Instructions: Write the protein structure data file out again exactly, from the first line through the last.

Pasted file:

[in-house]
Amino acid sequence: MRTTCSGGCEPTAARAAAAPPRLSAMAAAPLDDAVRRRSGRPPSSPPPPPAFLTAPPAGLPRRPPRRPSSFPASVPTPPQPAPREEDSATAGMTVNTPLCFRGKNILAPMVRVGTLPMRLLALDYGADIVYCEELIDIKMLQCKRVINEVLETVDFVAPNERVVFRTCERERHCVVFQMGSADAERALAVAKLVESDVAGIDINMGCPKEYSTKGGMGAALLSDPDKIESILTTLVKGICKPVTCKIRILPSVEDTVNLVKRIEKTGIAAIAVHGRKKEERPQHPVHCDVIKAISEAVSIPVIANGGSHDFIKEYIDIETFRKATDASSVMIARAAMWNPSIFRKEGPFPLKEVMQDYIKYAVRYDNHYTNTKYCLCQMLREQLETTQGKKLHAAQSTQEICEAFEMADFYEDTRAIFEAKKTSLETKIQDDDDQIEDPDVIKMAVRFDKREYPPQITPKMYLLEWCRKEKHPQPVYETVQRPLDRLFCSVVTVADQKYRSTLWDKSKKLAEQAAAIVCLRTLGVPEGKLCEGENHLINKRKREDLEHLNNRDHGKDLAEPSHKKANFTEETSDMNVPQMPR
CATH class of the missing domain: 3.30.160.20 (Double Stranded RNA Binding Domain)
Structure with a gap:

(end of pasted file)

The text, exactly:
[in-house]
Amino acid sequence: MRTTCSGGCEPTAARAAAAPPRLSAMAAAPLDDAVRRRSGRPPSSPPPPPAFLTAPPAGLPRRPPRRPSSFPASVPTPPQPAPREEDSATAGMTVNTPLCFRGKNILAPMVRVGTLPMRLLALDYGADIVYCEELIDIKMLQCKRVINEVLETVDFVAPNERVVFRTCERERHCVVFQMGSADAERALAVAKLVESDVAGIDINMGCPKEYSTKGGMGAALLSDPDKIESILTTLVKGICKPVTCKIRILPSVEDTVNLVKRIEKTGIAAIAVHGRKKEERPQHPVHCDVIKAISEAVSIPVIANGGSHDFIKEYIDIETFRKATDASSVMIARAAMWNPSIFRKEGPFPLKEVMQDYIKYAVRYDNHYTNTKYCLCQMLREQLETTQGKKLHAAQSTQEICEAFEMADFYEDTRAIFEAKKTSLETKIQDDDDQIEDPDVIKMAVRFDKREYPPQITPKMYLLEWCRKEKHPQPVYETVQRPLDRLFCSVVTVADQKYRSTLWDKSKKLAEQAAAIVCLRTLGVPEGKLCEGENHLINKRKREDLEHLNNRDHGKDLAEPSHKKANFTEETSDMNVPQMPR
CATH class of the missing domain: 3.30.160.20 (Double Stranded RNA Binding Domain)
Structure with a gap: